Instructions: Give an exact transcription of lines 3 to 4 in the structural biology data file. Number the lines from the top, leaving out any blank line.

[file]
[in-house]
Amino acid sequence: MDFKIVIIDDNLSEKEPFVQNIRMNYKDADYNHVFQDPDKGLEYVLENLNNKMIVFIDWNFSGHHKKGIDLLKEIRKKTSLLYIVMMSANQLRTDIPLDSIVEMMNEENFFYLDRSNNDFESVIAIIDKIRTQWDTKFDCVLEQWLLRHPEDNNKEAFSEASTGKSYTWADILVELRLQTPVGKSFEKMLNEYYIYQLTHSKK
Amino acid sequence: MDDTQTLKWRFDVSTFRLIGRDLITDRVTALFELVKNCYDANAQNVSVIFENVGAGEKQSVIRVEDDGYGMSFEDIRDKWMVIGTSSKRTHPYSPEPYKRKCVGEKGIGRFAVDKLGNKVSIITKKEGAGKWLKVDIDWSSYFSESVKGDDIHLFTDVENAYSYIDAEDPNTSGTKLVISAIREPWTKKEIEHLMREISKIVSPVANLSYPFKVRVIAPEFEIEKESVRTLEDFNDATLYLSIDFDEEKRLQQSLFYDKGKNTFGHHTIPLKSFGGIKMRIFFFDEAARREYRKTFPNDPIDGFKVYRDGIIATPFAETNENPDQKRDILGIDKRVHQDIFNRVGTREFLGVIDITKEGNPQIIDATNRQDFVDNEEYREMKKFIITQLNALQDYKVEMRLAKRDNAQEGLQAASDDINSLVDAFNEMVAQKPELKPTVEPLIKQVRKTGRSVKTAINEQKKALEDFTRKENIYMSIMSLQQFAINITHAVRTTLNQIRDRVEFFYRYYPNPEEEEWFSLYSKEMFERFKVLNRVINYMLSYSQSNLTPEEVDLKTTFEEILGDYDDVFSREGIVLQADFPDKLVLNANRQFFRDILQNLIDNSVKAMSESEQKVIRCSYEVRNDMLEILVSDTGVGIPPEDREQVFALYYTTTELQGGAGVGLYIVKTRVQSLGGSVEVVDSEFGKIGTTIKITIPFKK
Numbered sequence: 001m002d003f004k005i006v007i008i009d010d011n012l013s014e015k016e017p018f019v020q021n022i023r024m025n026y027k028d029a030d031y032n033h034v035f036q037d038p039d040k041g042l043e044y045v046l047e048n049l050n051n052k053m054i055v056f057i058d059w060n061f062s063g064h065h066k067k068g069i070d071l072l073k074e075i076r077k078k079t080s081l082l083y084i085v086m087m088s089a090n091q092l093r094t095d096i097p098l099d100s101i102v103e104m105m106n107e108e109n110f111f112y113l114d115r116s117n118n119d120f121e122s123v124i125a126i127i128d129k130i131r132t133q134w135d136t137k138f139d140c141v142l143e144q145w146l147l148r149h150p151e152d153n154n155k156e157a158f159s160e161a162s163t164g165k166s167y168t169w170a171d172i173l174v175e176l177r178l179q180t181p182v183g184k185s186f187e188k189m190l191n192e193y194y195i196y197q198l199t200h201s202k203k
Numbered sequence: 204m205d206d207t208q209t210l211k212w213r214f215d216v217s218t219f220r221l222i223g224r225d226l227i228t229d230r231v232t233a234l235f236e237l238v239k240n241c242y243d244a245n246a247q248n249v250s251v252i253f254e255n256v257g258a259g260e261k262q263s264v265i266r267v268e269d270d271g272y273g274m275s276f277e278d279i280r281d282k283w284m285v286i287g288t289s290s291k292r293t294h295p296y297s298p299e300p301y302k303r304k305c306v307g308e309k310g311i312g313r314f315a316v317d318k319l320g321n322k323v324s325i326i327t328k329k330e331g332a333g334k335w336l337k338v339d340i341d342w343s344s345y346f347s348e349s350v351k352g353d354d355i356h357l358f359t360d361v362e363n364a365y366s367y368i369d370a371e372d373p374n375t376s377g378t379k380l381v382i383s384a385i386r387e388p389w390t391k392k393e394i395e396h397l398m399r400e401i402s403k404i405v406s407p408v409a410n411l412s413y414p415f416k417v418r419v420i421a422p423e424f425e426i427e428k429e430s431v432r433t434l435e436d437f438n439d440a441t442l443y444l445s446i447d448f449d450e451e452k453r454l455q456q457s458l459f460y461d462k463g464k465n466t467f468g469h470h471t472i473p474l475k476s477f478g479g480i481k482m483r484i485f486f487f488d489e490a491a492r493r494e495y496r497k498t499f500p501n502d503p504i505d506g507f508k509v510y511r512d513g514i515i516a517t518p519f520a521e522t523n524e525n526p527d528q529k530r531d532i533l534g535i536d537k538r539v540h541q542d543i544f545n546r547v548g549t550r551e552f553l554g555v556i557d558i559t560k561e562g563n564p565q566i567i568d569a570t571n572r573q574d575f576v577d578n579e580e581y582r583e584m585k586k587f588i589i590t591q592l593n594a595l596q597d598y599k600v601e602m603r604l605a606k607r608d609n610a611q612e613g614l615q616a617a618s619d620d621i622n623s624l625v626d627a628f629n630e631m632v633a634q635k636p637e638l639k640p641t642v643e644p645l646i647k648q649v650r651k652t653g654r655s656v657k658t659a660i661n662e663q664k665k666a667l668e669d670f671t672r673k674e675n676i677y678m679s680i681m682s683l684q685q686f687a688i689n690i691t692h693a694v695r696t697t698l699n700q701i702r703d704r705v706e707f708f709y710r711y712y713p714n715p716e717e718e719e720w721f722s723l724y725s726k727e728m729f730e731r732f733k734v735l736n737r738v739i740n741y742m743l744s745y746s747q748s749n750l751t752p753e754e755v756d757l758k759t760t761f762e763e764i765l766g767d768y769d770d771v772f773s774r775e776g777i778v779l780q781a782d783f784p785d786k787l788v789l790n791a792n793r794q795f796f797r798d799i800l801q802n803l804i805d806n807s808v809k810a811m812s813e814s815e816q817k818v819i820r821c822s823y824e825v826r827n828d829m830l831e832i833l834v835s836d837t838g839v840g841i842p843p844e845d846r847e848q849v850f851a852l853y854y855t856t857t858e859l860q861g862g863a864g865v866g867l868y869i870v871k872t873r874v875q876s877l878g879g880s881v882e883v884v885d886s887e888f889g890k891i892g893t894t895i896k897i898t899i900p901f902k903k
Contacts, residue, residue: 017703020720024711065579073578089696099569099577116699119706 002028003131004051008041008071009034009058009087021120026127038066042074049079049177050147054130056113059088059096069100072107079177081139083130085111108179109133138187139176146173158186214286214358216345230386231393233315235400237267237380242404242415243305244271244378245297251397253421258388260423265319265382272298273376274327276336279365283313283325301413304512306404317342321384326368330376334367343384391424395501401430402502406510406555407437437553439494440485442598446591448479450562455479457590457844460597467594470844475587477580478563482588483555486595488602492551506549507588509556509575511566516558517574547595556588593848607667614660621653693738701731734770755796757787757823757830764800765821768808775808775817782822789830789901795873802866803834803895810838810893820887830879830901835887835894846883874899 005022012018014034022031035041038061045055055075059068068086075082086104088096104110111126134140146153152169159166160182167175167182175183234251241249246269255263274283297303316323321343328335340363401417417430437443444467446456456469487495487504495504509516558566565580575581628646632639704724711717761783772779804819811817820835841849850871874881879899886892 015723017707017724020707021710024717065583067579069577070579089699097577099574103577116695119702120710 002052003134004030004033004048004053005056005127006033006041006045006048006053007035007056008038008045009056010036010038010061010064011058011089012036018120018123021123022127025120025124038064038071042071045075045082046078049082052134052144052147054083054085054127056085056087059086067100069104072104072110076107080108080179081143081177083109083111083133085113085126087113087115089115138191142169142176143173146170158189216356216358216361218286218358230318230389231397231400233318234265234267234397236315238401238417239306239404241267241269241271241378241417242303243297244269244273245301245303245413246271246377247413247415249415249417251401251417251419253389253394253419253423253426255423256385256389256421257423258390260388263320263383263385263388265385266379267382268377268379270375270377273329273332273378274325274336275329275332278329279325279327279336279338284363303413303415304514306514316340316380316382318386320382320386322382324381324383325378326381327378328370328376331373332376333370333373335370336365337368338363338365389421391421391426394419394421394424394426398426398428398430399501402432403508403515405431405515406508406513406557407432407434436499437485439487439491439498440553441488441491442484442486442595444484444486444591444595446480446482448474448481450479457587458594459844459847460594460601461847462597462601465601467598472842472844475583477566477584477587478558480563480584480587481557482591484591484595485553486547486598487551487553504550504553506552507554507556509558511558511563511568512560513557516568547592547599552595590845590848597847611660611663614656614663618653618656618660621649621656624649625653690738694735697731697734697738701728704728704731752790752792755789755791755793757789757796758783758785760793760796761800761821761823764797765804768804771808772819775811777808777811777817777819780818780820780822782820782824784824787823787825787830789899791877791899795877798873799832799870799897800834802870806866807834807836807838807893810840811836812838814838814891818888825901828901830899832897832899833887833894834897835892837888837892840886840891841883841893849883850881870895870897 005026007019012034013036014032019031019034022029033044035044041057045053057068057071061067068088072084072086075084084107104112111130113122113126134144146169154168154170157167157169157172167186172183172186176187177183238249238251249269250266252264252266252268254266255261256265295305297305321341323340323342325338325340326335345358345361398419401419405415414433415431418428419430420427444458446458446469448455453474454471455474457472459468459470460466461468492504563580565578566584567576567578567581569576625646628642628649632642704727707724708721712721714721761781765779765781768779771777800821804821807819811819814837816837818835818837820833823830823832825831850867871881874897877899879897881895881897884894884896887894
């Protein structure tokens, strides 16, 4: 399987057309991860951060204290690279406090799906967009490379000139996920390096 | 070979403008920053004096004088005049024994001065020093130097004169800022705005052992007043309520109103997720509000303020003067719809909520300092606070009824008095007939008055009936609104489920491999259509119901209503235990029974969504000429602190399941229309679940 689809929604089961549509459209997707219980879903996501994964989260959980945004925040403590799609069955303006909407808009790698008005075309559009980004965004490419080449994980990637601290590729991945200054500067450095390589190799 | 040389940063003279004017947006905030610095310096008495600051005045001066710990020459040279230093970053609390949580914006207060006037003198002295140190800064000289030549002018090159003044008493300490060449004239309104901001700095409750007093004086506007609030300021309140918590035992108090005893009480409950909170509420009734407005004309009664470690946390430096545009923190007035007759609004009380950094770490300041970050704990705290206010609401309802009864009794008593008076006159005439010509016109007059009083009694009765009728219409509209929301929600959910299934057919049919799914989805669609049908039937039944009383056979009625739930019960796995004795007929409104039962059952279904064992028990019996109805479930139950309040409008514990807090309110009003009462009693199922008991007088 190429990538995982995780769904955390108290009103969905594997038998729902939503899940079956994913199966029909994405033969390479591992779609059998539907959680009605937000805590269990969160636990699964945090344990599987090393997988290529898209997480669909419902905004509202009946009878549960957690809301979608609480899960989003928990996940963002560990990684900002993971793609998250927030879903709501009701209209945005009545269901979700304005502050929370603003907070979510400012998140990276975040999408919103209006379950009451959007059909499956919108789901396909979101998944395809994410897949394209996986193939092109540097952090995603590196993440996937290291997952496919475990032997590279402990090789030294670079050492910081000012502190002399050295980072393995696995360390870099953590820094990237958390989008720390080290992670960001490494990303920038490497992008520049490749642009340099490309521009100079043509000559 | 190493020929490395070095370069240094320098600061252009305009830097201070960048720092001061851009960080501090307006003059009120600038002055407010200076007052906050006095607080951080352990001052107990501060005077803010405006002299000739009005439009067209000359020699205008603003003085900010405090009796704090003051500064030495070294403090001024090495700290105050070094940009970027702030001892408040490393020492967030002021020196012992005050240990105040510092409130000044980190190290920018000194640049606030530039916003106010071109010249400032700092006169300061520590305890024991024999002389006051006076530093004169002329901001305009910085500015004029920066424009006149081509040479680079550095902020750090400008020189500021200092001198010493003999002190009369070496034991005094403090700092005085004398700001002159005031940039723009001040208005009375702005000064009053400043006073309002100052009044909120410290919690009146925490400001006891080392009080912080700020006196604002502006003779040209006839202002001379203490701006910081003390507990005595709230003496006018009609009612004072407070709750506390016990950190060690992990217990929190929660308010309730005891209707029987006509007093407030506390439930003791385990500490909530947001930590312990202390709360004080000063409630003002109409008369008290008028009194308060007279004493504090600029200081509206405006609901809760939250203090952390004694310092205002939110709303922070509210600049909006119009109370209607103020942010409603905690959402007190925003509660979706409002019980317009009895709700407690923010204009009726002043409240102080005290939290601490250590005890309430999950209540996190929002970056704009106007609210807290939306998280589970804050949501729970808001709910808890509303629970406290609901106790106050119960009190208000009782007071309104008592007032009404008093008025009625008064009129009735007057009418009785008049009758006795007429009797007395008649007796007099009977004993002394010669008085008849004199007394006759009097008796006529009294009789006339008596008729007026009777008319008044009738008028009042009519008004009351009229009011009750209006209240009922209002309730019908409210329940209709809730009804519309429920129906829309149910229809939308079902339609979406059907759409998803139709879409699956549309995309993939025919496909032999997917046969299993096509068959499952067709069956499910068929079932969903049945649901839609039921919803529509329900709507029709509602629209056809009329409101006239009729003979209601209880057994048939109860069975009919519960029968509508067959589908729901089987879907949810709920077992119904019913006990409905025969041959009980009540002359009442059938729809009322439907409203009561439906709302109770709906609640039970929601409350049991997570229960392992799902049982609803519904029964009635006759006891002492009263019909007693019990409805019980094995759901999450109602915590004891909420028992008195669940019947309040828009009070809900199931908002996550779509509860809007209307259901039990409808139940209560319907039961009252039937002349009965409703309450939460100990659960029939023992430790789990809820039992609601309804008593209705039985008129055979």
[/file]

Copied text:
Amino acid sequence: MDDTQTLKWRFDVSTFRLIGRDLITDRVTALFELVKNCYDANAQNVSVIFENVGAGEKQSVIRVEDDGYGMSFEDIRDKWMVIGTSSKRTHPYSPEPYKRKCVGEKGIGRFAVDKLGNKVSIITKKEGAGKWLKVDIDWSSYFSESVKGDDIHLFTDVENAYSYIDAEDPNTSGTKLVISAIREPWTKKEIEHLMREISKIVSPVANLSYPFKVRVIAPEFEIEKESVRTLEDFNDATLYLSIDFDEEKRLQQSLFYDKGKNTFGHHTIPLKSFGGIKMRIFFFDEAARREYRKTFPNDPIDGFKVYRDGIIATPFAETNENPDQKRDILGIDKRVHQDIFNRVGTREFLGVIDITKEGNPQIIDATNRQDFVDNEEYREMKKFIITQLNALQDYKVEMRLAKRDNAQEGLQAASDDINSLVDAFNEMVAQKPELKPTVEPLIKQVRKTGRSVKTAINEQKKALEDFTRKENIYMSIMSLQQFAINITHAVRTTLNQIRDRVEFFYRYYPNPEEEEWFSLYSKEMFERFKVLNRVINYMLSYSQSNLTPEEVDLKTTFEEILGDYDDVFSREGIVLQADFPDKLVLNANRQFFRDILQNLIDNSVKAMSESEQKVIRCSYEVRNDMLEILVSDTGVGIPPEDREQVFALYYTTTELQGGAGVGLYIVKTRVQSLGGSVEVVDSEFGKIGTTIKITIPFKK
Numbered sequence: 001m002d003f004k005i006v007i008i009d010d011n012l013s014e015k016e017p018f019v020q021n022i023r024m025n026y027k028d029a030d031y032n033h034v035f036q037d038p039d040k041g042l043e044y045v046l047e048n049l050n051n052k053m054i055v056f057i058d059w060n061f062s063g064h065h066k067k068g069i070d071l072l073k074e075i076r077k078k079t080s081l082l083y084i085v086m087m088s089a090n091q092l093r094t095d096i097p098l099d100s101i102v103e104m105m106n107e108e109n110f111f112y113l114d115r116s117n118n119d120f121e122s123v124i125a126i127i128d129k130i131r132t133q134w135d136t137k138f139d140c141v142l143e144q145w146l147l148r149h150p151e152d153n154n155k156e157a158f159s160e161a162s163t164g165k166s167y168t169w170a171d172i173l174v175e176l177r178l179q180t181p182v183g184k185s186f187e188k189m190l191n192e193y194y195i196y197q198l199t200h201s202k203k